Memory Row

Although many of these trees located here are adopted, not all Memory Row trees on the northern border of El Segundo have guardians to love and care for them. TREE MUSKETEERS and volunteers maintain the orphan trees that require hand-watering, grass and weeds cleared from their basins, mulch, pruning, and treatment for infestations or disease.

Millennium Row

These melaleuca trees beautify West Grand Avenue connecting the City of El Segundo to its beach. The trees were planted in January 2000 by hundreds of volunteers in celebration of the new millennium. There is no end in sight for the intensive care these tree require due to the inhospitable coastal and industrial environment.

Trees to the Sea

It took 17 years and three generations of TREE MUSKETEERS youth leaders to get permission to plant trees on the barren median of Imperial Highway between El Segundo and LAX. Thousands of volunteers and local sponsorships concluded five years of Arbor Day plantings in 2008 when the last of the 520 trees were planted. Sponsorships provided three years of TLC for the trees, but responsibility for them is ongoing. The earlier trees now need new champions to continue all of the good work that the trees perform. In addition to the airplane and vehicular pollution they must contend with, Trees to the Sea trees face torment by gophers and automobile collisions.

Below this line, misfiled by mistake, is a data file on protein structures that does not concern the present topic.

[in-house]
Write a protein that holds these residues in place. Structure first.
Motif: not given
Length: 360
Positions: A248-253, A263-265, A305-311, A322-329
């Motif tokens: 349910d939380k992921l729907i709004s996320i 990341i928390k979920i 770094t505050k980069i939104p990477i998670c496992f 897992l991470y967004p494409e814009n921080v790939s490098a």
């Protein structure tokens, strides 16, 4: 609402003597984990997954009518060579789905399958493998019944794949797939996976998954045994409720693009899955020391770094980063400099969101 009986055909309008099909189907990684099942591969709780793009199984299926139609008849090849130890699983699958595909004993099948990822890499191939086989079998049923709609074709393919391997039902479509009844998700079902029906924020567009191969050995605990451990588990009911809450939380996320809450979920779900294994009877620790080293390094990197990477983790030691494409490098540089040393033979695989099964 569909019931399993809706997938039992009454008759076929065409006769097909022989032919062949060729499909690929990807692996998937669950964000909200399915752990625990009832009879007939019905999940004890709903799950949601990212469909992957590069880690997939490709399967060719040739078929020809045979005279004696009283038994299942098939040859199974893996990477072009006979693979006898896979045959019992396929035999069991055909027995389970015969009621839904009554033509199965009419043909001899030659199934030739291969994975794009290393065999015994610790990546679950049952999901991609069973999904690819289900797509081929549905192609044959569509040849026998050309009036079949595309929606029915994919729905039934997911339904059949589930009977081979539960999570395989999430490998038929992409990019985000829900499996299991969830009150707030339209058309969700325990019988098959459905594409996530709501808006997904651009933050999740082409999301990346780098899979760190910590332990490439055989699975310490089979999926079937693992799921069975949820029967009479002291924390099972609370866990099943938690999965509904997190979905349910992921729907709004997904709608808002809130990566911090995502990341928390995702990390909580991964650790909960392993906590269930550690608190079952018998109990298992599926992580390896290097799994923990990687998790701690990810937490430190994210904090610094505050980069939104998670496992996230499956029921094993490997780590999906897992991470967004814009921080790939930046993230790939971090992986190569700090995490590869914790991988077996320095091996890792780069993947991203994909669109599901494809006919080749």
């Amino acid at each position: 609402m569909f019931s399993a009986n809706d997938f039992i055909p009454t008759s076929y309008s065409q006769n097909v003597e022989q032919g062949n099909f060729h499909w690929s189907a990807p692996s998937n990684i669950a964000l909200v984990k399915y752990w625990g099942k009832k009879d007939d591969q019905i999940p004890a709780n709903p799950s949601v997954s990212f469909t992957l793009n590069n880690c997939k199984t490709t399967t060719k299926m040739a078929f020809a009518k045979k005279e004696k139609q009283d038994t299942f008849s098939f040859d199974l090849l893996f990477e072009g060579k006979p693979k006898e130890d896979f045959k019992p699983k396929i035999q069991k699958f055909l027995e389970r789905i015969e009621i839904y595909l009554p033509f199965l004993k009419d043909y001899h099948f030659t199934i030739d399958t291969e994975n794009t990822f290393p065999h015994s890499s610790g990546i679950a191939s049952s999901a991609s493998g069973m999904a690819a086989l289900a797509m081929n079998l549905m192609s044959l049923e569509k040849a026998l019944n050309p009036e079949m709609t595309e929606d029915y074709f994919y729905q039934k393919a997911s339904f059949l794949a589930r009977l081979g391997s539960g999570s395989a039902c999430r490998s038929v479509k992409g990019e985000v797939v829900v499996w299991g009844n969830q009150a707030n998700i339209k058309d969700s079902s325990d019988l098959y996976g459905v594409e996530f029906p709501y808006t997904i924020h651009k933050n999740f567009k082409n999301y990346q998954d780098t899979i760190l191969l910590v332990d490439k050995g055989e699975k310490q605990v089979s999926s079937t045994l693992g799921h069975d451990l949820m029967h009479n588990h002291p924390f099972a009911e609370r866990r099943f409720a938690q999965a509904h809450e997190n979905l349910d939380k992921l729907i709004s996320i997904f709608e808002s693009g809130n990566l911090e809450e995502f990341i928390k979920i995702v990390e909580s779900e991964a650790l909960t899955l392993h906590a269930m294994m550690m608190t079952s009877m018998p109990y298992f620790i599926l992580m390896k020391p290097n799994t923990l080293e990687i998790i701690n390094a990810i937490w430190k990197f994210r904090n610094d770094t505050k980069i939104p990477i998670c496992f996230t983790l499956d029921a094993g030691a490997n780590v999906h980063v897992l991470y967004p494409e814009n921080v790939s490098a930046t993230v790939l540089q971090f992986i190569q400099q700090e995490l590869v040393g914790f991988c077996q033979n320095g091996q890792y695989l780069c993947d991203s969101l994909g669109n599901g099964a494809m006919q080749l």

Hometown Forest Trees

In partnership with the City of El Segundo, TREE MUSKETEERS set out to plant trees and engage residents in neighborhoods throughout the city.  Trees were planted in city parkways and easements in 2009 and 2010.  Homeowners received free trees and agreed to care for the trees while they are establishing themselves in their new home.

Arbor Day

Each year Youth Managers plan a massive tree planting project in our Hometown of El Segundo. The most recent planting added 141 new trees to the grey eastside of El Segundo. Learn more about how to get involved with the annual Arbor Day plantings here.

The Habitat

Is a habitat restoration project implemented in 2009 to remove non-native vegetation and restore domestic plants to the sand dune. The area known as Clutter’s Bluff is being restored with native shrubs, grasses and small maturing trees. Coastal Buckwheat, the host plant of the endangered El Segundo Blue Butterfly, is being planted generously to help reestablish its presence along the dune.

To empower young people to be environmental leaders